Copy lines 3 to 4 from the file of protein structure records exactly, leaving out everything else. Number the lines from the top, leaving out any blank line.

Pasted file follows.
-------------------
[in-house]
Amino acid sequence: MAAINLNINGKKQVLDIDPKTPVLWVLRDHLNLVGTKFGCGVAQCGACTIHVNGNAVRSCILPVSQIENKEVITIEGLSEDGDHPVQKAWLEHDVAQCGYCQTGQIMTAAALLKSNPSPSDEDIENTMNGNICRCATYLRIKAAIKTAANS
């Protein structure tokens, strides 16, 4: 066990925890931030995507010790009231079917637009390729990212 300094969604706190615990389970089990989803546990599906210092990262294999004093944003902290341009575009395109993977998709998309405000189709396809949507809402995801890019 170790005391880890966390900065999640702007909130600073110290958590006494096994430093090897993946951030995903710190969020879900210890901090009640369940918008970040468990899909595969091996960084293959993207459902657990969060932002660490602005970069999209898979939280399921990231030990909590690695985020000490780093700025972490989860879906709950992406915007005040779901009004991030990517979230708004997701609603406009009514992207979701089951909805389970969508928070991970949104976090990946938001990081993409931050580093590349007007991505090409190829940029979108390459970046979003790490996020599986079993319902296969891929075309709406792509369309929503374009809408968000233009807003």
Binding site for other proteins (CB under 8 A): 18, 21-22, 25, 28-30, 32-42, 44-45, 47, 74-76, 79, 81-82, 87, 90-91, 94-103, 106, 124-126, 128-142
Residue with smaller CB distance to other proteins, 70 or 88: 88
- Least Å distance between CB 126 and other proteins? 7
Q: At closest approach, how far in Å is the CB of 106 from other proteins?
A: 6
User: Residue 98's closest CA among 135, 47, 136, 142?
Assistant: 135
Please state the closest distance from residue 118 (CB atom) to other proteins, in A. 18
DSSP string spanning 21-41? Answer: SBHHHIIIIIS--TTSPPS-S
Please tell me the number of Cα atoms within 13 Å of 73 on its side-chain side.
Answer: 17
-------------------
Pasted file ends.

């Protein structure tokens, strides 16, 4: 066990925890931030995507010790009231079917637009390729990212 300094969604706190615990389970089990989803546990599906210092990262294999004093944003902290341009575009395109993977998709998309405000189709396809949507809402995801890019 170790005391880890966390900065999640702007909130600073110290958590006494096994430093090897993946951030995903710190969020879900210890901090009640369940918008970040468990899909595969091996960084293959993207459902657990969060932002660490602005970069999209898979939280399921990231030990909590690695985020000490780093700025972490989860879906709950992406915007005040779901009004991030990517979230708004997701609603406009009514992207979701089951909805389970969508928070991970949104976090990946938001990081993409931050580093590349007007991505090409190829940029979108390459970046979003790490996020599986079993319902296969891929075309709406792509369309929503374009809408968000233009807003």
Binding site for other proteins (CB under 8 A): 18, 21-22, 25, 28-30, 32-42, 44-45, 47, 74-76, 79, 81-82, 87, 90-91, 94-103, 106, 124-126, 128-142